Canadian Celiac Association

Guidelines for Consumption of Pure and Uncontaminated Oats by Individuals with Celiac Disease

June 08, 2007
Mohsin Rashid for Professional Advisory Board of Canadian Celiac Association

 

The Canadian Celiac Association (CCA) has published a position statement on the use of “pure and uncontaminated oats” by individuals with celiac disease (www.celiac.ca). The CCA’s position on oats is supported by Health Canada. The CCA has also established specifications for the growth, harvesting and processing of pure and uncontaminated oats in Canada. These pure and uncontaminated oats will not exceed the action level of 20 ppm (parts per million) of gluten as detected using current available methods. The CCA is developing a trademark to assist consumers in identifying these oats. 

Most commercially available oats in North America are contaminated with grains that contain gluten. Therefore, these oats are not safe for consumption by individuals with celiac disease.

The following guidelines are recommended when starting pure and uncontaminated oats in the diet of a patient with celiac disease:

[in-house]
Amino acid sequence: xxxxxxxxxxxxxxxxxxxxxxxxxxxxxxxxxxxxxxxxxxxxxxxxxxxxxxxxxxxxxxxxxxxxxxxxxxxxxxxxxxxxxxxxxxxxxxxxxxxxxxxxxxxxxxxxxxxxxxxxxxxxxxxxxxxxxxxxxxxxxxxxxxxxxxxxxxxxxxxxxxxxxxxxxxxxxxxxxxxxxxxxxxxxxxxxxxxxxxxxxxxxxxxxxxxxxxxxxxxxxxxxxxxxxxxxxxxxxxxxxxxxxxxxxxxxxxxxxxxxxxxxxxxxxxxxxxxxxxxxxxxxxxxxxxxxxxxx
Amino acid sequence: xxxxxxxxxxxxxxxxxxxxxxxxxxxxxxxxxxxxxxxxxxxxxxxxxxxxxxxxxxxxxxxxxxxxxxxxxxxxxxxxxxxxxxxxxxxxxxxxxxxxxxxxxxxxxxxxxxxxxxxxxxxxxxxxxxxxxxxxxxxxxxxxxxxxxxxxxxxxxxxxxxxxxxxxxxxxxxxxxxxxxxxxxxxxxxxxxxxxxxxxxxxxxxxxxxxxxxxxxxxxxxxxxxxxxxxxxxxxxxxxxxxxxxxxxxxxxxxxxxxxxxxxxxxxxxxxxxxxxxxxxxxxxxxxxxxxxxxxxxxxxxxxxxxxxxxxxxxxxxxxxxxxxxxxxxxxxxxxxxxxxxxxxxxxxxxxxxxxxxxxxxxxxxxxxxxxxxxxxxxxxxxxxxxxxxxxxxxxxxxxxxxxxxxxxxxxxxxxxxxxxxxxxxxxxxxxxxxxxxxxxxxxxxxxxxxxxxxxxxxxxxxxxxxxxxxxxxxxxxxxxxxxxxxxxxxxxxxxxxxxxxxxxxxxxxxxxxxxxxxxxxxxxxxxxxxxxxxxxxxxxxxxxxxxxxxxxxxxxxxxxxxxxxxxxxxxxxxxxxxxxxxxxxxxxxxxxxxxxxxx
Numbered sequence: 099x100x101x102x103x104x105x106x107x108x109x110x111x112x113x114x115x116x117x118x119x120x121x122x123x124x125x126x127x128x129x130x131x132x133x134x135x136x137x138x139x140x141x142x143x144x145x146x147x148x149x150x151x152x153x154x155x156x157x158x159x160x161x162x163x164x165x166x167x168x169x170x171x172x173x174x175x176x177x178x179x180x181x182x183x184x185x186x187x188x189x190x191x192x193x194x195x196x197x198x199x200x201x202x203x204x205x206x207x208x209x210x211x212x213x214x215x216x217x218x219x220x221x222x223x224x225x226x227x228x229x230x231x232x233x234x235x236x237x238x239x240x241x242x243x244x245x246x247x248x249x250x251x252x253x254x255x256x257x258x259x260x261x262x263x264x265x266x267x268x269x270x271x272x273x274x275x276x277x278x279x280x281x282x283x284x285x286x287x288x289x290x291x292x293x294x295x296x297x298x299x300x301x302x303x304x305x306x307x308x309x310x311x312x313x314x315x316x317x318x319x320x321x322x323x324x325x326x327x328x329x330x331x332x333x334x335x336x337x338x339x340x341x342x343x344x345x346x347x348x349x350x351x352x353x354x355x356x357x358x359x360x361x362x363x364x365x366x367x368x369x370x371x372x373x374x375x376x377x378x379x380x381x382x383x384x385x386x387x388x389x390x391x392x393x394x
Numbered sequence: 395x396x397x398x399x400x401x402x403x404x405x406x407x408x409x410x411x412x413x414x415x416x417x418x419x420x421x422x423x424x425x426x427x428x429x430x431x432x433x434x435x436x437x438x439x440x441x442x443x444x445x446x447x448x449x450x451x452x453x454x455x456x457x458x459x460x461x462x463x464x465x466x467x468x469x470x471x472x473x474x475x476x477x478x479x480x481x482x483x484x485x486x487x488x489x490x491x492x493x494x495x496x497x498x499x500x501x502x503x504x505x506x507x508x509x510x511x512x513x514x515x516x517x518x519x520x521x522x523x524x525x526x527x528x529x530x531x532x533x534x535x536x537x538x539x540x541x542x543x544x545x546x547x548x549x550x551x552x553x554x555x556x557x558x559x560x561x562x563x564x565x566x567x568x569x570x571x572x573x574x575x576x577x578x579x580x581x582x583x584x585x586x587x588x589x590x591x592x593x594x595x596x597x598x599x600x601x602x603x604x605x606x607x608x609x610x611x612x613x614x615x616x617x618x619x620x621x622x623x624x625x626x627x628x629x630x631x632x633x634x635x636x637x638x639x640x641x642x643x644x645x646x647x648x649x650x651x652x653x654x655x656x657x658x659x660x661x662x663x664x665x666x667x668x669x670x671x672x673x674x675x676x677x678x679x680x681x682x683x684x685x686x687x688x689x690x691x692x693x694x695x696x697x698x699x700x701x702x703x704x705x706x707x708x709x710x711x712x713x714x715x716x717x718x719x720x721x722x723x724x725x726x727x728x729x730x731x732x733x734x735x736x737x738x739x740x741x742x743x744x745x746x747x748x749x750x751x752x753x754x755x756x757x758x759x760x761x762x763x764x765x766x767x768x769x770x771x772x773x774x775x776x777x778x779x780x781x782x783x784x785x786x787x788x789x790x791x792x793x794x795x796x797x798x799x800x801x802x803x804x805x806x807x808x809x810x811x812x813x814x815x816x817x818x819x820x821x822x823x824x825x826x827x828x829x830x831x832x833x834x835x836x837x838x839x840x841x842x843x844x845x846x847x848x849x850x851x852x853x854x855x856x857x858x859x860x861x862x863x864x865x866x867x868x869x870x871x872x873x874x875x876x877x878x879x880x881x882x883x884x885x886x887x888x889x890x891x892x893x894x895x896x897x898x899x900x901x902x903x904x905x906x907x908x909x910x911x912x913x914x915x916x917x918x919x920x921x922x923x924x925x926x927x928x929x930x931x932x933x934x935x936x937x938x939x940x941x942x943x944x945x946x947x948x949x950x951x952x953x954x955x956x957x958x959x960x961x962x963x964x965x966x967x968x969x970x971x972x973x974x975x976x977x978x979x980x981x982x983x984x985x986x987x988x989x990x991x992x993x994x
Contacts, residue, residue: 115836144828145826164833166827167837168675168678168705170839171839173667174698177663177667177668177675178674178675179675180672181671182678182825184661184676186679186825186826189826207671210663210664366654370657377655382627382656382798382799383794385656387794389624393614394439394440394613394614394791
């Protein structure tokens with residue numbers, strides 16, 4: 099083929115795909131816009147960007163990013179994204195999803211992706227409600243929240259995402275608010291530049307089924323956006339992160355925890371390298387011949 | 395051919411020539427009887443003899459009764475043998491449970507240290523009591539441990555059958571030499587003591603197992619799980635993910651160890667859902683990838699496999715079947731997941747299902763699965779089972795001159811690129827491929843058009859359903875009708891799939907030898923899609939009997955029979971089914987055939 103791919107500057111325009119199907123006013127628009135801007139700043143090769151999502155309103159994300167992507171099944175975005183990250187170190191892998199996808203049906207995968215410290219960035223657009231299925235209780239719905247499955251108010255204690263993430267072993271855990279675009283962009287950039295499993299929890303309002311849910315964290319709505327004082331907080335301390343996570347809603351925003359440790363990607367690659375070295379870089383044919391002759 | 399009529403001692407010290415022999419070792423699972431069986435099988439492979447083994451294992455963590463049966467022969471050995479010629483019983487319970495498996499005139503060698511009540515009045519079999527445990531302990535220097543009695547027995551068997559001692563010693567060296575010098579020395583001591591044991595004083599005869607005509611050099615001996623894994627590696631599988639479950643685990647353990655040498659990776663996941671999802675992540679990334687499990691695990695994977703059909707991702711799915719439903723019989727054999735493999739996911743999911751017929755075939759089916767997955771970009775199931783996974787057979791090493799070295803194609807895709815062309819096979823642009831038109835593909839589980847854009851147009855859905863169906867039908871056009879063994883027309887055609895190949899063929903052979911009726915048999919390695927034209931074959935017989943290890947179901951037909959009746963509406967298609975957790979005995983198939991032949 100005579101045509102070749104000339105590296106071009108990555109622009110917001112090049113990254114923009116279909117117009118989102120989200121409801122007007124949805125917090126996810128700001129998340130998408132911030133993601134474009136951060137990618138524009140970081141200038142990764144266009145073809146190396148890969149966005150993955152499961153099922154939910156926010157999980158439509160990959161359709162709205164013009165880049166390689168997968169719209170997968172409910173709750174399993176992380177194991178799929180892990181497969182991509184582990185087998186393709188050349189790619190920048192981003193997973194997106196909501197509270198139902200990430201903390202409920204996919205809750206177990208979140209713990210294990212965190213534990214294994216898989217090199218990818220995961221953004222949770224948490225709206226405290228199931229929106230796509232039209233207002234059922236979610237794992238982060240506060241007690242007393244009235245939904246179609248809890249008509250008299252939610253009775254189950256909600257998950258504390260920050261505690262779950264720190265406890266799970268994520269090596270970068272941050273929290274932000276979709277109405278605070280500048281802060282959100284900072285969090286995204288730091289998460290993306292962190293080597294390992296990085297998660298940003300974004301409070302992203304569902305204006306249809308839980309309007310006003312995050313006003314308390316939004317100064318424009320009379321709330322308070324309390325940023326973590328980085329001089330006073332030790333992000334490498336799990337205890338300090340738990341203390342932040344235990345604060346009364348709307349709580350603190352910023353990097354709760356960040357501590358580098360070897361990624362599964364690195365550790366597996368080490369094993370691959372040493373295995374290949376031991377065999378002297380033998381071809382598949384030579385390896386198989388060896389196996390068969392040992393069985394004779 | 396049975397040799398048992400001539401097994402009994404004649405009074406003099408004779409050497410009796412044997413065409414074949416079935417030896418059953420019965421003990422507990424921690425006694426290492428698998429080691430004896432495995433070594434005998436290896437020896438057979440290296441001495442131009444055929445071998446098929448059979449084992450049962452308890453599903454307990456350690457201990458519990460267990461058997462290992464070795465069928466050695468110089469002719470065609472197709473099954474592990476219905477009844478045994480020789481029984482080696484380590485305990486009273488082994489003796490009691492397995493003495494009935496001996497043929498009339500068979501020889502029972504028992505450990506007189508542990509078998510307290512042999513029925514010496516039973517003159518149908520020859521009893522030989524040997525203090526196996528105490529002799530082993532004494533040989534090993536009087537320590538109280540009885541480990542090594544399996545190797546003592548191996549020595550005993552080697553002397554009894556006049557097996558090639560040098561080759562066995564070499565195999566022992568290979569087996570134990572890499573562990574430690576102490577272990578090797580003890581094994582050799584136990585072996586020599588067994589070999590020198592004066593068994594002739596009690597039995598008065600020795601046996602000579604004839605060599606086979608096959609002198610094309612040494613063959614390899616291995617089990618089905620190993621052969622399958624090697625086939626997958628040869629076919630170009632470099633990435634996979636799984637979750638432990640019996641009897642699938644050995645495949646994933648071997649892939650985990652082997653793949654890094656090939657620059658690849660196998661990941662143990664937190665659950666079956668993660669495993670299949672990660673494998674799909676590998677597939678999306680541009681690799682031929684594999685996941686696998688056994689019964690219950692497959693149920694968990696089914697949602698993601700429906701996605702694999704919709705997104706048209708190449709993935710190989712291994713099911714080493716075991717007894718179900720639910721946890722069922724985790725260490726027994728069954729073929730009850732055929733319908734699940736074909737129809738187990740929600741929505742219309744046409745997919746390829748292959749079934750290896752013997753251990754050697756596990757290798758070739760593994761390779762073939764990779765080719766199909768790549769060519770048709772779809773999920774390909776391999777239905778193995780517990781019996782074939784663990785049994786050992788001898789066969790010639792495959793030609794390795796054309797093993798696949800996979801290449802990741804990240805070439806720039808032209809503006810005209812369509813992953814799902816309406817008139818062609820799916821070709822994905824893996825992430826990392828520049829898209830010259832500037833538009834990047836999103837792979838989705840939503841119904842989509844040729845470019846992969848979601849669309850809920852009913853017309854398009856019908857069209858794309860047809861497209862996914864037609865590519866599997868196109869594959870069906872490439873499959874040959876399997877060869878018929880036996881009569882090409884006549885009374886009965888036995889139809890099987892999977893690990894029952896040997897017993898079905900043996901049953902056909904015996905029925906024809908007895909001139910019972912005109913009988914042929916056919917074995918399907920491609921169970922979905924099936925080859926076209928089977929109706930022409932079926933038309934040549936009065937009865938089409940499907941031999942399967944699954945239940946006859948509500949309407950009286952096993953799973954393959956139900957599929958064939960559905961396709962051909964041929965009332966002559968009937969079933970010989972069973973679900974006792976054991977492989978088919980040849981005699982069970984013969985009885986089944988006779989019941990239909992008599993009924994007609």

(1). The patient’s celiac disease should be well controlled on a gluten-free diet and the patient should have no gastrointestinal complaints.

(2). It is recommended that adults receive no more than 50-70 grams (1/2-3/4 cup dry rolled oats) and children receive no more than 20-25 grams (1/4 cup) of pure uncontaminated oats daily.

(3). The fibre content of an oat containing diet is often higher than the typical gluten-free diet.  When adding oats to the diet, individuals may experience a change in stool pattern or mild gastrointestinal symptoms, including abdominal bloating and flatulence. These symptoms should resolve within a few days.

(4). There are case reports of individuals with celiac disease relapsing from the consumption of pure uncontaminated oats. Patients should be warned of this possibility. They should discontinue the oats and contact their physician if symptoms persist.

(5). The physician or a dietitian should review the diet to ensure that the patient is not consuming foods that contain gluten.

(6). Screening with an IgA-tissue transglutaminase (tTG) or IgA-endomysial antibody (EMA) may not identify the rare patient who reacts to oats. These tests are not sufficiently sensitive for detecting “mild” dietary indiscretions, especially over a short period of challenge i.e. < 100-1000 mg gluten/day. A positive EMA or tTG will help confirm oats sensitivity but a negative one will not exclude oats sensitivity.

(7). It is worthwhile rechallenging patients if they wish to try oats again. Development of symptoms at the time of the second challenge would strongly suggest intolerance to oats.  Extensive patient research suggests intolerance to oats occurs but is rare. The mechanism for this is unknown.


 

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